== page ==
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Open AccessArticle

A New Possibility for Fermentation Monitoring by Electrical Driven Sensing of Ultraviolet Light and Glucose

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School of Sciences and Engineering, Av. Domingos da Costa Lopes, São Paulo State University (Unesp), 780 Jardim Itaipu, CEP 17602-496 Tupã, SP, Brazil
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São Carlos Institute of Physics, University of São Paulo—Box 369, 13566-970, São Carlos, SP, Brazil
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NanOLaB, Departamento de Física, Universidade Federal de São Carlos—UFSCar, Rodovia Washington Luiz, Km 235 Monjolinho, CP 676, CEP 13565-905 São Carlos, SP, Brazil
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Institute of Chemistry, Araraquara. Rua Professor Francisco Degni, São Paulo State University (Unesp), Jardim Quitandinha, CEP 14800-060 Araraquara, SP, Brazil
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Institute of Biosciences, Department of General and Applied Biology, São Paulo State University (Unesp), Rio Claro, Rio Claro, Av. 24-A, 1515 Bela Vista, CEP 13506-692 Rio Claro, SP, Brazil
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Institute for Research in Bioenergy, São Paulo State University (Unesp) Rua 10, 2527 Santana, CEP 13500-230 Rio Claro, SP, Brazil
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Author to whom correspondence should be addressed.
Biosensors 2020, 10(8), 97; https://doi.org/10.3390/bios10080097
Received: 22 June 2020 / Revised: 21 July 2020 / Accepted: 23 July 2020 / Published: 12 August 2020
(This article belongs to the Section Biosensor and Bioelectronic Devices)
Industrial fermentation generates products through microbial growth associated with the consumption of substrates. The efficiency of industrial production of high commercial value microbial products such as ethanol from glucose (GLU) is dependent on bacterial contamination. Controlling the sugar conversion into products as well as the sterility of the fermentation process are objectives to be considered here by studying GLU and ultraviolet light (UV) sensors. In this work, we present two different approaches of SnO2 nanowires grown by the Vapor–Liquid–Solid (VLS) method. In the GLU sensor, we use SnO2 nanowires as active electrodes, while for the UV sensor, a nanowire film was built for detection. The results showed a wide range of GLU sensing and as well as a significant influence of UV in the electrical signal. The effect of a wide range of GLU concentrations on the responsiveness of the sensor through current–voltage based on SnO2 nanowire films under different concentration conditions ranging was verified from 1 to 1000 mmol. UV sensors show a typical amperometric response of SnO2 nanowires under the excitation of UV and GLU in ten cycles of 300 s with 1.0 V observing a stable and reliable amperometric response. GLU and UV sensors proved to have a promising potential for detection and to control the conversion of a substrate into a product by GLU control and decontamination by UV control in industrial fermentation systems. View Full-Text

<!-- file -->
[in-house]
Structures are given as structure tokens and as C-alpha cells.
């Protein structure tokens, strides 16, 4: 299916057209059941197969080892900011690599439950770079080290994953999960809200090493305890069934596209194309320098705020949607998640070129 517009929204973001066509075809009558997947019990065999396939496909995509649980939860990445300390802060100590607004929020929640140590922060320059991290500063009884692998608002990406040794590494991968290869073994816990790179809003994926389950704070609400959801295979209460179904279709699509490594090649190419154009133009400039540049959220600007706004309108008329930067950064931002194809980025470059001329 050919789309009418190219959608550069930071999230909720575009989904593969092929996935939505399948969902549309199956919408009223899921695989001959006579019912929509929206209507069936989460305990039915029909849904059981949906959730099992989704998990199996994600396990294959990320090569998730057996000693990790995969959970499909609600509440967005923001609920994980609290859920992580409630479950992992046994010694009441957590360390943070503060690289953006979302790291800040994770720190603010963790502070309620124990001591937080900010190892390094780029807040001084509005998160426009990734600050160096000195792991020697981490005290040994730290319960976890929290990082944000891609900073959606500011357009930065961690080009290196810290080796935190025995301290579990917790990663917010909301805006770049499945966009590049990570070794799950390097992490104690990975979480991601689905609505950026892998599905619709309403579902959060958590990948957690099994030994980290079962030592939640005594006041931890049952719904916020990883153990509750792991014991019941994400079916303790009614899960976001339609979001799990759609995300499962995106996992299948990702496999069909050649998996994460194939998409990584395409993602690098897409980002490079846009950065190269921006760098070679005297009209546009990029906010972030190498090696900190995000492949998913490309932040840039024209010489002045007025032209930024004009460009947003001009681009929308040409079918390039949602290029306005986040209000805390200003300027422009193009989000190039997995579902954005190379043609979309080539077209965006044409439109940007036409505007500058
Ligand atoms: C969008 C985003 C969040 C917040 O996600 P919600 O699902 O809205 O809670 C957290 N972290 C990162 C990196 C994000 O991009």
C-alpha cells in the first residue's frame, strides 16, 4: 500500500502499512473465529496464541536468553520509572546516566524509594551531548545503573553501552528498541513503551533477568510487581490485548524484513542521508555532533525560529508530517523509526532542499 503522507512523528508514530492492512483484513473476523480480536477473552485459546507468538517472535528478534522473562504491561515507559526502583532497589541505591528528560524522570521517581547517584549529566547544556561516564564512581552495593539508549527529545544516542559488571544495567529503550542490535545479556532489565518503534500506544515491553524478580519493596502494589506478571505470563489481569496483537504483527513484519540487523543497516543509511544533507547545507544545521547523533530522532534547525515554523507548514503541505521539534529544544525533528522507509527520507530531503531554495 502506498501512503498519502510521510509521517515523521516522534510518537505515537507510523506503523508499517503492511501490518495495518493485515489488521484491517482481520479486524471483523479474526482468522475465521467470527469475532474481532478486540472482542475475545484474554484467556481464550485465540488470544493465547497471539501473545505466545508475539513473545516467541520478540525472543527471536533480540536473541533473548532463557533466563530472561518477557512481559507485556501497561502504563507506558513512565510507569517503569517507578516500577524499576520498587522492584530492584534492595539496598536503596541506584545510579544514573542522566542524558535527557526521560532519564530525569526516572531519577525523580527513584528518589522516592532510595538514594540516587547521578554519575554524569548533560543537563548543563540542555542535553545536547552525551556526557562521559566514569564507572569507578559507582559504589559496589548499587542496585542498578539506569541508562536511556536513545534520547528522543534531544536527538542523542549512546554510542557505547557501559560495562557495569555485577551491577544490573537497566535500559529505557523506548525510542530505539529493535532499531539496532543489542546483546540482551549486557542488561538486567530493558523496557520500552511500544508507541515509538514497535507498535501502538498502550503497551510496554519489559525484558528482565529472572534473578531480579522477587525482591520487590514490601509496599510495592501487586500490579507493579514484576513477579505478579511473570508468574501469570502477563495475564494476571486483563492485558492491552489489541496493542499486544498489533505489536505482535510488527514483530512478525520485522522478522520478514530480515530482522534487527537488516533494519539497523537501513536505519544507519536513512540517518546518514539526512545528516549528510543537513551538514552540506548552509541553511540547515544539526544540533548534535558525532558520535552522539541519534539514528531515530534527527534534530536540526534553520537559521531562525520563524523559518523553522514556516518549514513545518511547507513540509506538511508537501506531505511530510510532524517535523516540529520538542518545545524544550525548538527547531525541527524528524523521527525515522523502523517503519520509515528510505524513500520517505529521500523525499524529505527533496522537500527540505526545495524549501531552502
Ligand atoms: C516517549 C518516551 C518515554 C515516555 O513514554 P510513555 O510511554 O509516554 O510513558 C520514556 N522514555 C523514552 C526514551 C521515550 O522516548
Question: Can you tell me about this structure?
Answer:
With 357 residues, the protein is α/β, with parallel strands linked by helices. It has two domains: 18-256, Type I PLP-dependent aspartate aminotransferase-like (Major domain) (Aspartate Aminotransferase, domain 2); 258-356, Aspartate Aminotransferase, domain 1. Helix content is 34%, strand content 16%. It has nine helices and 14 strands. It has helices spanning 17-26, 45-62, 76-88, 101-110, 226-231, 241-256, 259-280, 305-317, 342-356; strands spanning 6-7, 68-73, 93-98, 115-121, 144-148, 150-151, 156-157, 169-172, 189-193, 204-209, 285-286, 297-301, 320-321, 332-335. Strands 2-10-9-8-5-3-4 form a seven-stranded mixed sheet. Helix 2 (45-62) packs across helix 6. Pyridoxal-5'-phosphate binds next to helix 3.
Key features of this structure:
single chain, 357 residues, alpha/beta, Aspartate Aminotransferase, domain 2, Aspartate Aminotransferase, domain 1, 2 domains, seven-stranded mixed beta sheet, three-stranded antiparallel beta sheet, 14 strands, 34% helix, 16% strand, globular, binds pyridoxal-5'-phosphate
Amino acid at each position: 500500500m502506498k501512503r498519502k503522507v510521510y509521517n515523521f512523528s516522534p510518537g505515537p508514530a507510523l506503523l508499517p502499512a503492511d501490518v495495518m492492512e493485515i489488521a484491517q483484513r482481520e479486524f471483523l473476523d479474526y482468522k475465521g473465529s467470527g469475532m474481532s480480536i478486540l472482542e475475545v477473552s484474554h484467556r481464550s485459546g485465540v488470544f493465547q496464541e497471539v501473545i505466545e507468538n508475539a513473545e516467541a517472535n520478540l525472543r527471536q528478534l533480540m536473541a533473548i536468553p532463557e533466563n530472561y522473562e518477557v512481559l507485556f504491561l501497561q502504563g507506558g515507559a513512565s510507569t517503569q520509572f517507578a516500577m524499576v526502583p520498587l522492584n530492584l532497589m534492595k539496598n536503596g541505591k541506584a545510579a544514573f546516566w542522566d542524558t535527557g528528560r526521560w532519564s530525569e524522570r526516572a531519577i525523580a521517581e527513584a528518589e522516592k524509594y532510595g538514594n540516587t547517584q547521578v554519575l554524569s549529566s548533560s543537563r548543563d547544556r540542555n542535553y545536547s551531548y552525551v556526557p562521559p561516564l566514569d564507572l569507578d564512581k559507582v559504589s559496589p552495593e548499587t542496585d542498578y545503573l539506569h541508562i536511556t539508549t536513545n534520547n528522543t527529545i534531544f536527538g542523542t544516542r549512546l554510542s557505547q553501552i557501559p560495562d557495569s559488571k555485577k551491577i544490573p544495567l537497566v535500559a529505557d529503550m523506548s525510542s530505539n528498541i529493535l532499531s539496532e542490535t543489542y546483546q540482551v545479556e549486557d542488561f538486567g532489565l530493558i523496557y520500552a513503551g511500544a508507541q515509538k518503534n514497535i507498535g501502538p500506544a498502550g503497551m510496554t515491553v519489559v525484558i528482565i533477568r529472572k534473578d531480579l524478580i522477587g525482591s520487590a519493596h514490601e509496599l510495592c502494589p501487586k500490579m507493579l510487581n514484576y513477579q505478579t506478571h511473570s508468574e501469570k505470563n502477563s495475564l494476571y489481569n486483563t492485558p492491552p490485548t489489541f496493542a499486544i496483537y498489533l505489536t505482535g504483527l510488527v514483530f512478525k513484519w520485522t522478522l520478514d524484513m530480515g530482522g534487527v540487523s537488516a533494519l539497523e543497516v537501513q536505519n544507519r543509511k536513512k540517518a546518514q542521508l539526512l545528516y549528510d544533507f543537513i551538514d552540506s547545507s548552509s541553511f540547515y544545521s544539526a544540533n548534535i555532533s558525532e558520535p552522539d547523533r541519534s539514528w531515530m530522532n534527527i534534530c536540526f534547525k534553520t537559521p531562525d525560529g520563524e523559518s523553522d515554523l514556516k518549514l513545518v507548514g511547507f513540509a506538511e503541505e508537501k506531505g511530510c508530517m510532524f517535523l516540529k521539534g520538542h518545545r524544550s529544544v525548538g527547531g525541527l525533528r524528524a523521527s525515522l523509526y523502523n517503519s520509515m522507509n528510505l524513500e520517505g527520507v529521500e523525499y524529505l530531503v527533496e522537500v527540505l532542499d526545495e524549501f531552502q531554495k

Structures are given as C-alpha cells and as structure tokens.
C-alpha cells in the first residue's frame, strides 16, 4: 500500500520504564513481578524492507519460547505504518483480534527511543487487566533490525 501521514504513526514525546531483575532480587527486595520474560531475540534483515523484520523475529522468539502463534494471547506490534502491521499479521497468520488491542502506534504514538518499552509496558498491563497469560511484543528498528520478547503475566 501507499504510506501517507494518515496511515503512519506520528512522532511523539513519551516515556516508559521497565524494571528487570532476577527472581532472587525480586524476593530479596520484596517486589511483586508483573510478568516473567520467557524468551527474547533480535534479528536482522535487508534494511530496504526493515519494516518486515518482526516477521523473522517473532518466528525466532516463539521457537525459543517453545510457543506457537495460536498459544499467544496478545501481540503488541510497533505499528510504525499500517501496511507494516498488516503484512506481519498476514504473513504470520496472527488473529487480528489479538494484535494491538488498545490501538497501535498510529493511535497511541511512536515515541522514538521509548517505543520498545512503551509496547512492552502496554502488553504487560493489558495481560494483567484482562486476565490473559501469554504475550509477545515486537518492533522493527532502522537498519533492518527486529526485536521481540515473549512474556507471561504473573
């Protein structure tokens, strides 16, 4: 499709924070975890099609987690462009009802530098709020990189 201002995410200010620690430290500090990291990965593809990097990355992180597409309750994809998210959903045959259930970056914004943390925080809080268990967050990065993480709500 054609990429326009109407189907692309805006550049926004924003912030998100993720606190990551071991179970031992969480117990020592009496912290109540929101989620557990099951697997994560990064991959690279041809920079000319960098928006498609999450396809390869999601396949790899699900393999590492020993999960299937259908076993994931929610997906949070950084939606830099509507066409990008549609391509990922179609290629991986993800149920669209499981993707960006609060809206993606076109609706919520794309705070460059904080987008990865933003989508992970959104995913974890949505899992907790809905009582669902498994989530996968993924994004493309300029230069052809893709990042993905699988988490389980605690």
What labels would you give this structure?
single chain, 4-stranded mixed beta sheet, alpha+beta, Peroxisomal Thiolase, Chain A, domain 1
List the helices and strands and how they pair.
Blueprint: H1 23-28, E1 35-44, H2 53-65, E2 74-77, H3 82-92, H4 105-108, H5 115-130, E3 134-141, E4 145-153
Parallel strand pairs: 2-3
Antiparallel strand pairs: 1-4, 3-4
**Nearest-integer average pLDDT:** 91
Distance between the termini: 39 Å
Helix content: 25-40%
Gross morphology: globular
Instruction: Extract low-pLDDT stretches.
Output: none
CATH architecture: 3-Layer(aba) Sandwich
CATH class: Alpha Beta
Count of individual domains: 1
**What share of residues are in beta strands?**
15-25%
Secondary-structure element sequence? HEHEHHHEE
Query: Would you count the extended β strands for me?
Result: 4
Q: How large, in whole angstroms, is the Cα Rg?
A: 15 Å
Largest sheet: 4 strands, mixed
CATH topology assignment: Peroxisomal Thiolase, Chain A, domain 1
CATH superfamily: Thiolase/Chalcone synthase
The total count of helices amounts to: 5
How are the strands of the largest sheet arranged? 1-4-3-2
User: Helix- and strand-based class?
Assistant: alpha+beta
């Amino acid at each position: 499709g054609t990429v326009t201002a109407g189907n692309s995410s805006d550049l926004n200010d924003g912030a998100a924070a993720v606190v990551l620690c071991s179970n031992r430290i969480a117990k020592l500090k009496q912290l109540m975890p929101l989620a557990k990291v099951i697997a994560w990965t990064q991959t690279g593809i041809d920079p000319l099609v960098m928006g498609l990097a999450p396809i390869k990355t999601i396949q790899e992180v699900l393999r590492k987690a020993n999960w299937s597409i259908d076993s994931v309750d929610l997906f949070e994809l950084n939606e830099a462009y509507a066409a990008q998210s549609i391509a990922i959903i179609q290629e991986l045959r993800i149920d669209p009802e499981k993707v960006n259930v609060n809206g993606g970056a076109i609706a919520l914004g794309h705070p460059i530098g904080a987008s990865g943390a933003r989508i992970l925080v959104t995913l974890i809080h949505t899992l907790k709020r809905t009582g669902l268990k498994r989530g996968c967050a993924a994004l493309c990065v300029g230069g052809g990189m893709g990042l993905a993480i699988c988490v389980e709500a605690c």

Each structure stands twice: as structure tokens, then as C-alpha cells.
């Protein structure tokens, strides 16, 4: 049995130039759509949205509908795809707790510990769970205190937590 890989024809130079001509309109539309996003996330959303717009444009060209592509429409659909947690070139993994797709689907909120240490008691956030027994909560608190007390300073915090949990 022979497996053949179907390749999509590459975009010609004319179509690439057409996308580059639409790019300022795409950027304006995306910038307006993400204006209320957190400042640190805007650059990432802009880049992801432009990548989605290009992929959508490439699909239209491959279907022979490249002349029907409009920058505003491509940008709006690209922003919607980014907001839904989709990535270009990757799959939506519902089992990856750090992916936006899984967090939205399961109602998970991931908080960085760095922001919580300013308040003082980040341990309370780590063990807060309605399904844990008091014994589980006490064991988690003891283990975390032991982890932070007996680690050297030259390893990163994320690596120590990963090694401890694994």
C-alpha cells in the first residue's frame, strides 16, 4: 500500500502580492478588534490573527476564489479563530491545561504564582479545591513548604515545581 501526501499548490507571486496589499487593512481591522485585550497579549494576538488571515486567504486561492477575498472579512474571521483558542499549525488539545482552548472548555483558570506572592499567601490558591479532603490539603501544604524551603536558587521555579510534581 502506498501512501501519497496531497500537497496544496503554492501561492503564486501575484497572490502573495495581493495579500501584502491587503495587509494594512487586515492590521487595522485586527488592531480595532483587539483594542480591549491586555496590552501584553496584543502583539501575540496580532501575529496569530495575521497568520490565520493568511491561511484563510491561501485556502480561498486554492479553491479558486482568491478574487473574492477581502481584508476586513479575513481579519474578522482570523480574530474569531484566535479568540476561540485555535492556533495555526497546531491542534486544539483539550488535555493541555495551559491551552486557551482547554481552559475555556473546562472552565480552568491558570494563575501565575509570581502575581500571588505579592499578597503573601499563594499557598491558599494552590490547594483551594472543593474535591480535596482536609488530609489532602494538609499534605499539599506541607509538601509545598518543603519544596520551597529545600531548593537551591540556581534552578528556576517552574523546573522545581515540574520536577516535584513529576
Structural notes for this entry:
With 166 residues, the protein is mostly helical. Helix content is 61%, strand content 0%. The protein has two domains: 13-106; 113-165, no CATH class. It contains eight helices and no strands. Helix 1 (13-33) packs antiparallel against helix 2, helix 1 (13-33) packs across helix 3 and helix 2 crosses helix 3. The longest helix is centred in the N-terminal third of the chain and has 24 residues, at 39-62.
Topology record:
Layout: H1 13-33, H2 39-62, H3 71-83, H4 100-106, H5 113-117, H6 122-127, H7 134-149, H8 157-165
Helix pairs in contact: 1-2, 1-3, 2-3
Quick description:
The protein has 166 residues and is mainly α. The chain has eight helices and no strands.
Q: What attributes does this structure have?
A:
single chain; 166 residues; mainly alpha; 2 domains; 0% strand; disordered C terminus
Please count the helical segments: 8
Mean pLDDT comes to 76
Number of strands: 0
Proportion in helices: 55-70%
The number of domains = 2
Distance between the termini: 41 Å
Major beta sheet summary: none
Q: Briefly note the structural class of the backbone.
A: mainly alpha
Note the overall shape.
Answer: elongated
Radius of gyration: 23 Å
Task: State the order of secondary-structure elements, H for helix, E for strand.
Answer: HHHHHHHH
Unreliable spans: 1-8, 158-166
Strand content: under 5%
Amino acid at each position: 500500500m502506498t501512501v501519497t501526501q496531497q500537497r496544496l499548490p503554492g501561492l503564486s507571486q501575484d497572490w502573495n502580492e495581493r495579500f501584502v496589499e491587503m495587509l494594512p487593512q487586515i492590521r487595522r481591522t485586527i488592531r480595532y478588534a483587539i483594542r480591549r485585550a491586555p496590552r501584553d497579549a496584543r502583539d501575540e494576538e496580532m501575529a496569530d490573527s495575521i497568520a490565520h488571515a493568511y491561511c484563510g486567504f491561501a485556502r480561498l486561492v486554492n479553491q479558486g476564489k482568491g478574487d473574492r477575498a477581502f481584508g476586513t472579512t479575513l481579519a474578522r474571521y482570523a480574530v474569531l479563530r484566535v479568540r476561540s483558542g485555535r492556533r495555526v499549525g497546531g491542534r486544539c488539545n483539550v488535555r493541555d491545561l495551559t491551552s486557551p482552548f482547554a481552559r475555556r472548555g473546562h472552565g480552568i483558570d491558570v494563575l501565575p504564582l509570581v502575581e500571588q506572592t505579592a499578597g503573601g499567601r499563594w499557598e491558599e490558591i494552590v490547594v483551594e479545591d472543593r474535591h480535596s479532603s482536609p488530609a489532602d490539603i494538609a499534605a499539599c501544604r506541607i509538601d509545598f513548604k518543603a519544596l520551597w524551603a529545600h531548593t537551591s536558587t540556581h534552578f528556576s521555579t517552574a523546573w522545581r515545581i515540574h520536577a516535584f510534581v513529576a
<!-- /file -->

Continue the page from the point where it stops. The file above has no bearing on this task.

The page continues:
Keywords: glucose sensor; UV light sensor; nanowire biosensor; controlling fermentation glucose sensor; UV light sensor; nanowire biosensor; controlling fermentation
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MDPI and ACS Style

Amorim, C.A.; Blanco, K.C.; Costa, I.M.; de Araújo, E.P.; Arantes, A.d.N.; Contiero, J.; Chiquito, A.J. A New Possibility for Fermentation Monitoring by Electrical Driven Sensing of Ultraviolet Light and Glucose. Biosensors 2020, 10, 97. https://doi.org/10.3390/bios10080097

AMA Style

Amorim CA, Blanco KC, Costa IM, de Araújo EP, Arantes AdN, Contiero J, Chiquito AJ. A New Possibility for Fermentation Monitoring by Electrical Driven Sensing of Ultraviolet Light and Glucose. Biosensors. 2020; 10(8):97. https://doi.org/10.3390/bios10080097

Chicago/Turabian Style

Amorim, Cleber A.; Blanco, Kate C.; Costa, Ivani M.; de Araújo, Estácio P.; Arantes, Adryelle d.N.; Contiero, Jonas; Chiquito, Adenilson J. 2020. "A New Possibility for Fermentation Monitoring by Electrical Driven Sensing of Ultraviolet Light and Glucose" Biosensors 10, no. 8: 97. https://doi.org/10.3390/bios10080097

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